Another portion of electronic circuitry 25 senses the line voltage on line 32 of the 24 VAC power supply to provide a 60 Hz reference signal to microprocessor 60. This 60 Hz reference signal may be used by microprocessor 60 to time the time durations that faucet 20 is on, such as the selectable times shown in the table of
Microprocessor output pin RA2 is connected to an LED 132. Similarly, output terminal RA3 is connected to another LED 133. LEDs 132 and 133 share a common resistor 134 to ground. For example, LED 132 may be a green LED that is illuminated when input power is available to faucet 20 and to electronic circuitry 25. LED 133 may be a red LED that is illuminated when detector transistor 27 has detected the presence of a person. Microprocessor 60 may permit only one of LEDs 132 or 133 to be illuminated at any time. Thus, when LED 133 is illuminated due to detection of a person in proximity to the faucet 20, LED 132 may be extinguished until relay 55 terminates the flow of water through water valve 36, including the two valves 36 a and 36 b. At that time, LED 132 is again illuminated to indicate that input power is available and that faucet 20 is operative.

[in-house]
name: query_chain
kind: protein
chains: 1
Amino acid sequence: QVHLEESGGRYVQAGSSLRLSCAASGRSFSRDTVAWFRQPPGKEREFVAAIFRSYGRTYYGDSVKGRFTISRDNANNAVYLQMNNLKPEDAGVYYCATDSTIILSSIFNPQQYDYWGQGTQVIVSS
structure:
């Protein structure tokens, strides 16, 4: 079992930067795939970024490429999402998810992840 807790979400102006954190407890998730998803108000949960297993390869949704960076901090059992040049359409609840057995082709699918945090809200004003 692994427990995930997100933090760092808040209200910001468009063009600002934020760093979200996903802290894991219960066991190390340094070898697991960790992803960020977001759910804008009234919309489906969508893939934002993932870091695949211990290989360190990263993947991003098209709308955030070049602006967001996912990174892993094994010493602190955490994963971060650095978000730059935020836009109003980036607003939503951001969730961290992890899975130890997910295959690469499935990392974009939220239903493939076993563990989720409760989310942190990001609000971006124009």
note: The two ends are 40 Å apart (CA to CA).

A power on reset circuit at microprocessor input terminal MCLR initializes microprocessor when power is first applied. A capacitor 136 slowly charges up to initially hold terminal MCLR at a low logic level. If power is turned off or lost, a diode 138 provides a rapid discharge path for capacitor 136 to reset this circuit for the next power on.
A resistor 140 and a capacitor 141 are connected to microprocessor terminal OSC1 to provide an internal oscillator and clock function for microprocessor 60. Microprocessor 60 receives operating power at terminal VDD from the 5 VDC power supply 50. A capacitor 145 provides additional filtering of the 5 VDC power source at the microprocessor terminal VDD. A pull-up resistor 143 normally biases terminal RB5 at a logic high level. However, if a jumper 144 is connected between terminal RB5 and ground, terminal RB5 will be at a logic low level. Jumper 144 determines whether electronic circuitry 25 controls water flow valve 36, and hence, faucet 20, in the metered mode or the non-metered mode.